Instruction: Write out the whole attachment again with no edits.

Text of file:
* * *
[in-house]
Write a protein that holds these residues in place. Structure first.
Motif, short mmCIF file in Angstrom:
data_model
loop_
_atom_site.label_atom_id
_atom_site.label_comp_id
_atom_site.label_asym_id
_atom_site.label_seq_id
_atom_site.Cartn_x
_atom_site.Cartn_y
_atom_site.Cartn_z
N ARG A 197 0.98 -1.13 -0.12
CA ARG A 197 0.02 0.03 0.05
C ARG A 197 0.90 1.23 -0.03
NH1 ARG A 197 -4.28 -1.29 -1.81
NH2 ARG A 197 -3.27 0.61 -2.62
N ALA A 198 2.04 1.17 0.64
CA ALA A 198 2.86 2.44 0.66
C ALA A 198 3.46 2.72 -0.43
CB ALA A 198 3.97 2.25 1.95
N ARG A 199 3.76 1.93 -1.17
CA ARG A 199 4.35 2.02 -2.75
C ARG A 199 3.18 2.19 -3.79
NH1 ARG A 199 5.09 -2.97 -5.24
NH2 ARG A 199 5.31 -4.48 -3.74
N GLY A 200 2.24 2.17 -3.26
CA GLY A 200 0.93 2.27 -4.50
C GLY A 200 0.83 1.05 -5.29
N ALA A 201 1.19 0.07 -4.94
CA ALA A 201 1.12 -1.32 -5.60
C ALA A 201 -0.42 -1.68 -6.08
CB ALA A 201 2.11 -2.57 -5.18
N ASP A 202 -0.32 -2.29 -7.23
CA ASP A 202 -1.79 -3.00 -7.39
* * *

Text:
[in-house]
Write a protein that holds these residues in place. Structure first.
Motif, short mmCIF file in Angstrom:
data_model
loop_
_atom_site.label_atom_id
_atom_site.label_comp_id
_atom_site.label_asym_id
_atom_site.label_seq_id
_atom_site.Cartn_x
_atom_site.Cartn_y
_atom_site.Cartn_z
N ARG A 197 0.98 -1.13 -0.12
CA ARG A 197 0.02 0.03 0.05
C ARG A 197 0.90 1.23 -0.03
NH1 ARG A 197 -4.28 -1.29 -1.81
NH2 ARG A 197 -3.27 0.61 -2.62
N ALA A 198 2.04 1.17 0.64
CA ALA A 198 2.86 2.44 0.66
C ALA A 198 3.46 2.72 -0.43
CB ALA A 198 3.97 2.25 1.95
N ARG A 199 3.76 1.93 -1.17
CA ARG A 199 4.35 2.02 -2.75
C ARG A 199 3.18 2.19 -3.79
NH1 ARG A 199 5.09 -2.97 -5.24
NH2 ARG A 199 5.31 -4.48 -3.74
N GLY A 200 2.24 2.17 -3.26
CA GLY A 200 0.93 2.27 -4.50
C GLY A 200 0.83 1.05 -5.29
N ALA A 201 1.19 0.07 -4.94
CA ALA A 201 1.12 -1.32 -5.60
C ALA A 201 -0.42 -1.68 -6.08
CB ALA A 201 2.11 -2.57 -5.18
N ASP A 202 -0.32 -2.29 -7.23
CA ASP A 202 -1.79 -3.00 -7.39